School officials: Pandemic has lingering impact on students’ mental health


Staff Writer
Published: 10/28/2021 6:01:19 PM

Despite the return to in-person learning this school year, education and health professionals say students are still dealing with the impact of the COVID-19 pandemic.

“I think the hope was this school year would be ‘normal,’ and it’s not,” said Greenfield School Department Superintendent Christine DeBarge. “We’re dealing with the outcome of all of the things that students and staff experienced the last year and a half — illness itself, fear of illness, the trauma of having everything closed, potential death in immediate or extended families. … Just because school opened doesn’t mean all of those feelings just evaporated.”

The 2018 to 2019 school year marked the last “normal” school year for students since the pandemic forced the closure of schools and eventual pivot to hybrid or remote learning — a reality that professionals locally and nationwide say has greatly impacted the social and emotional well-being of students, despite the return to full-time in-person learning this fall.

“A kid who was in kindergarten that year had a normal school year,” said Meg Burch, nurse leader for the Frontier Regional and Union 38 school districts. “First grade was interrupted; second grade, in our district, they would have been in a hybrid model and in other districts, remote. That kindergartner is now a third-grader. What are we asking a third-grader to do, who didn’t have kindergarten?”

Burch recalled a conversation she’d had with a local teacher who said that, in a typical year, there may be a handful of students who struggle to adapt to the classroom routine and other expectations of being a student. This year, all of her students seemed to struggle.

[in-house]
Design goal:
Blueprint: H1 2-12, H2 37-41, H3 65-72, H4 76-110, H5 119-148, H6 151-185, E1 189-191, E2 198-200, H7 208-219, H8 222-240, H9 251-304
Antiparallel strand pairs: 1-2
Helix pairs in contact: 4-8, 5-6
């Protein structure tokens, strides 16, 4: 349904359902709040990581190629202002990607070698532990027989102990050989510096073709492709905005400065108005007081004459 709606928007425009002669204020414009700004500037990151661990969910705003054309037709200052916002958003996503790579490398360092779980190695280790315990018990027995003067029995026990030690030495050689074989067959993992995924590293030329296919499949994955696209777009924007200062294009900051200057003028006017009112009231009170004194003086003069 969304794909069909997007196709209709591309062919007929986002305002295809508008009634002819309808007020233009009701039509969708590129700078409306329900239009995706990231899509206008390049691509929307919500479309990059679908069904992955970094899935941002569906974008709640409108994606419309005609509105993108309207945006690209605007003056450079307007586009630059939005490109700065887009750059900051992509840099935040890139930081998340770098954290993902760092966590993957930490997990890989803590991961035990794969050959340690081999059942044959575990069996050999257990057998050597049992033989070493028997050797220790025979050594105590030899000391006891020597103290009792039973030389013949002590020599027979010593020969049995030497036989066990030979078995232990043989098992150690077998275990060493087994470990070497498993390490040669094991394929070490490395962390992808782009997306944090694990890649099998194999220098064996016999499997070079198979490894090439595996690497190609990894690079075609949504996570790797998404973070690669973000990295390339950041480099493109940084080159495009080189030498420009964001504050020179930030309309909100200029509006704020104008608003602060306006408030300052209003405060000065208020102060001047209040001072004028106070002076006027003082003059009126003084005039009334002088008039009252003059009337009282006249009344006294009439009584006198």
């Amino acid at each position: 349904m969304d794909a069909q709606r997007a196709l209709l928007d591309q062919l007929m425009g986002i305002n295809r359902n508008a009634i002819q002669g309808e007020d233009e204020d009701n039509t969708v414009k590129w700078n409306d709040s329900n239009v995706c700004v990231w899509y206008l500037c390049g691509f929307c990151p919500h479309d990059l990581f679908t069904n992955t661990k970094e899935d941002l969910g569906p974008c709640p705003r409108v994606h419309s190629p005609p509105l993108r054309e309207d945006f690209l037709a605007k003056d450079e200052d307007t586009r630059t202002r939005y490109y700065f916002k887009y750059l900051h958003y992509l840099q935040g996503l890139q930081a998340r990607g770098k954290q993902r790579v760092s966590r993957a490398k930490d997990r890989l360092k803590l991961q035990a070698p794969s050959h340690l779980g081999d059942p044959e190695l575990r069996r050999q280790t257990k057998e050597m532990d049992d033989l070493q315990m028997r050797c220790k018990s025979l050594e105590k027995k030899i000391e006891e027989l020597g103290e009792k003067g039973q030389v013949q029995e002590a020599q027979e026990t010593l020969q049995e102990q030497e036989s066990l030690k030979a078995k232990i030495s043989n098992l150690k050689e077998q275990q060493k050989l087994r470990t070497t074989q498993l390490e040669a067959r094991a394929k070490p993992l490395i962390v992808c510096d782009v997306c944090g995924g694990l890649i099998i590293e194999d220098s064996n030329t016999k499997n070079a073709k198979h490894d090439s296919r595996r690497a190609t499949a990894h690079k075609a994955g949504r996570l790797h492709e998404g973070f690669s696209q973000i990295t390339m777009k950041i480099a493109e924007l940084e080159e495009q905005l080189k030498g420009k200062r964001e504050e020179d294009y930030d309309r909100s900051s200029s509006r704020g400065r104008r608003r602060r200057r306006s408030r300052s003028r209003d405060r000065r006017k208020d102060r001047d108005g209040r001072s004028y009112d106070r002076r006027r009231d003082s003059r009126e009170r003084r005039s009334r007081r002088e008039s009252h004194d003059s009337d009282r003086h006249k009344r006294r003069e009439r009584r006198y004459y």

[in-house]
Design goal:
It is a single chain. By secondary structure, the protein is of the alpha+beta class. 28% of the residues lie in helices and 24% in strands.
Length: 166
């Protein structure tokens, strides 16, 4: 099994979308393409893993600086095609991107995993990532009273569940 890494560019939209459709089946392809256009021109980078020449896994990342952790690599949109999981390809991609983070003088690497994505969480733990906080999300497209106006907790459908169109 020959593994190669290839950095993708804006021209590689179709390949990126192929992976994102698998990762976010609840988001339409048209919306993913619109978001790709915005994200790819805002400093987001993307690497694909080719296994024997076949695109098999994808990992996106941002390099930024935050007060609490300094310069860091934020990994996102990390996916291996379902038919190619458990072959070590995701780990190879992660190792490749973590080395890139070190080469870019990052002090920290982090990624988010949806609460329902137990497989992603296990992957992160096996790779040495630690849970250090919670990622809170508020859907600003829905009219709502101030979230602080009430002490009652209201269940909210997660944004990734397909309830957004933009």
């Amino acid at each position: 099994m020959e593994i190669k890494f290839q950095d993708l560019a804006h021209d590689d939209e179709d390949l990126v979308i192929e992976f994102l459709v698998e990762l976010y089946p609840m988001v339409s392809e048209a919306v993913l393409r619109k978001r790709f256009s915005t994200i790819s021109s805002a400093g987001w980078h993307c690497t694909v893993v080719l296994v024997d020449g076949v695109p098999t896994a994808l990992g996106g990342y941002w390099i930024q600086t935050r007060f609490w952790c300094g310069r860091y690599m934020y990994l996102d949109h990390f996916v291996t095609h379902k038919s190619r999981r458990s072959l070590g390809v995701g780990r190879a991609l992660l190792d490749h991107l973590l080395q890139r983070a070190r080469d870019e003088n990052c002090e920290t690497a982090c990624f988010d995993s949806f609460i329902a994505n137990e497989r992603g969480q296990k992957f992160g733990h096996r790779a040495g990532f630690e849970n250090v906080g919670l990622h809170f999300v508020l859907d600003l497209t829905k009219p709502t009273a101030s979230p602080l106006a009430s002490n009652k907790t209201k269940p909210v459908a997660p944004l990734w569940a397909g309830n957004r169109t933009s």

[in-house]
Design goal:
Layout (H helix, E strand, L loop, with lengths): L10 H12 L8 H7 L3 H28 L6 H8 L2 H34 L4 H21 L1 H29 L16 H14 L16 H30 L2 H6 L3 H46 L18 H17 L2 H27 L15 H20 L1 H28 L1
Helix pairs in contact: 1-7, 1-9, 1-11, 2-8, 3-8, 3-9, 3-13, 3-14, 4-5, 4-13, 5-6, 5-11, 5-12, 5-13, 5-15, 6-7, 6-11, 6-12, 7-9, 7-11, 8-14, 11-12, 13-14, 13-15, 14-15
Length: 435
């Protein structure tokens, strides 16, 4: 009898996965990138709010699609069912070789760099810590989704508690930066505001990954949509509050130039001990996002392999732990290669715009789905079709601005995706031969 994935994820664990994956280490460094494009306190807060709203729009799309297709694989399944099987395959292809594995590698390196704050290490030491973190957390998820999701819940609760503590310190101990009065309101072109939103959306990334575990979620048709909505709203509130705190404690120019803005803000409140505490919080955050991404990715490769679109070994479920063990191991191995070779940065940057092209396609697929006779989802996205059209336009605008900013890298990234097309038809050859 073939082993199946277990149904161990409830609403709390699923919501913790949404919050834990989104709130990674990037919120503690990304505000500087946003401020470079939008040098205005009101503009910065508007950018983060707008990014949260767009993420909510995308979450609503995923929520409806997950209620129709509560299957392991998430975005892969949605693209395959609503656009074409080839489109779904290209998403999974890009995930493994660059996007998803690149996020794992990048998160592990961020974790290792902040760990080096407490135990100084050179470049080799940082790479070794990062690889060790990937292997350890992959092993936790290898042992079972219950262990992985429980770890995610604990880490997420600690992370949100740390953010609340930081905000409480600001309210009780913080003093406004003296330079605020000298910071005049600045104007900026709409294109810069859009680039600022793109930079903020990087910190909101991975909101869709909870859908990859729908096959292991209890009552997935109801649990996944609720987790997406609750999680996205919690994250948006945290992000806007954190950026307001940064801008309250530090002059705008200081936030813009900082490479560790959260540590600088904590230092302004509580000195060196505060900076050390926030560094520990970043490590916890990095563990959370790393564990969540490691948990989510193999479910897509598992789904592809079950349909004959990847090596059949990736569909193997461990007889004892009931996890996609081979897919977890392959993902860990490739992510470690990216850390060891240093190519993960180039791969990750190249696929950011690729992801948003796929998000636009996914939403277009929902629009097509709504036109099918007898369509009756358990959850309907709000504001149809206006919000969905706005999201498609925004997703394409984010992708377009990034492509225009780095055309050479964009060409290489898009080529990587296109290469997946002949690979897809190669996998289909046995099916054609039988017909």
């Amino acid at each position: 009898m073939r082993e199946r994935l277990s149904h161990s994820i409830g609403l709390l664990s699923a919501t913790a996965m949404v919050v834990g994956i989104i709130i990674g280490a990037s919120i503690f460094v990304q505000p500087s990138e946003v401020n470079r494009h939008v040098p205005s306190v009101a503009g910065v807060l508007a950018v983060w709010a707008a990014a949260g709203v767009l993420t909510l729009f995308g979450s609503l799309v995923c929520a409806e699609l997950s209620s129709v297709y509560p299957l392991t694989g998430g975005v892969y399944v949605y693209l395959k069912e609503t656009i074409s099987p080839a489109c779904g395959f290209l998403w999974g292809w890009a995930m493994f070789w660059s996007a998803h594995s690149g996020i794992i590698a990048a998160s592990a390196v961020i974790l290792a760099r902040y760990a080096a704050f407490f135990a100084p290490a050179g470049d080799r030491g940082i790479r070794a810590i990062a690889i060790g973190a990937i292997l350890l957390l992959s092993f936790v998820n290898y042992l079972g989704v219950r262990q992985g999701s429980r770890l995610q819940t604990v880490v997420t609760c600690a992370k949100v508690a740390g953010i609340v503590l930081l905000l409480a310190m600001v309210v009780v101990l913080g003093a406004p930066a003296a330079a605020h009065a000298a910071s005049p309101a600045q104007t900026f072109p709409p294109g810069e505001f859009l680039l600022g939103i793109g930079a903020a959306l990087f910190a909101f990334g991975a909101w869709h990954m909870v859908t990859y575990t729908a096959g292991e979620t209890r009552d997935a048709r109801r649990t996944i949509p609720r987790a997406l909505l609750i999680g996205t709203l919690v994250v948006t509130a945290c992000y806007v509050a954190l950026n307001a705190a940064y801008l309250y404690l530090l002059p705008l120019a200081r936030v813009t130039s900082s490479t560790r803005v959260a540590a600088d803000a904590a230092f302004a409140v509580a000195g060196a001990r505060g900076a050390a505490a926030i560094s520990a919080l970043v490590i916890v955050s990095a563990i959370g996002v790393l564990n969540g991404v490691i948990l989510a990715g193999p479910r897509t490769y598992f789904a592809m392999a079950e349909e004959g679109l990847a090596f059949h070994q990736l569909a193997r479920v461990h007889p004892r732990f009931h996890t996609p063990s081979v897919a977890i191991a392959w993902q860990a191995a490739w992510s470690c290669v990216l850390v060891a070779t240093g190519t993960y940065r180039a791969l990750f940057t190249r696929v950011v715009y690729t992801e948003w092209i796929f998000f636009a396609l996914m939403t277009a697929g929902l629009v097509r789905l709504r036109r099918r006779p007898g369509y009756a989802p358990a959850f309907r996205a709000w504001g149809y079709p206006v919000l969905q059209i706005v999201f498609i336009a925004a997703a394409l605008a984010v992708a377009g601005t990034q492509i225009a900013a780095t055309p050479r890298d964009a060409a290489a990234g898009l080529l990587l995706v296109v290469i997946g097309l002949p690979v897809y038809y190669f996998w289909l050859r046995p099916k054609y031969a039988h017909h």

“I think teachers are well aware of that and working incredibly hard to meet those students where they are,” Burch said. “I’m not thinking that teachers aren’t acutely and intensely aware of the impact on their students. They’re living it everyday … and working incredibly hard to meet the needs of those students.”

Support staff openings

Sheryl Stanton, superintendent of the Mohawk Trail and Hawlemont regional school districts, echoed similar sentiments.

“Even some of our youngest students, who potentially have never been in school … they’re coming in with a real deficit for skills in the classroom,” Stanton said.

She said the difficulty in finding additional support staff adds to the challenge.

“We have a couple of positions that are open in terms of paraprofessionals, or even speech and language positions that are open,” Stanton said. “That’s really across the board in Western Massachusetts. We tend to have difficulty filling those positions. That’s being discussed at the statewide level.”

Burch, too, said there is a need for additional staffing in her districts, particularly in Sunderland, where there appears to be the greatest student need.

“Time away from school and its routines and structures, and the collaborative support of faculty and staff, has not been good for students,” said Victoria Palmer, a school psychologist at Sunderland Elementary School. “Kids need people around them; they need the community of adults, of their peers, of routines. We recognized that some students did not have the same access to learning during the pandemic.”

For that reason, she and her colleagues have been prepared to deal with the impact of the pandemic “since day one.”

“We are working with some outside consultants as well to ensure we are supporting student needs and addressing them exactly where they’re at,” she said.

Second Step program

Palmer said one of the advantages of the Frontier and Union 38 school districts is the emphasis placed on social and emotional learning. She described the Second Step program the school participates in, which provides universal languages for students to use that encourage self-expression and management of emotions.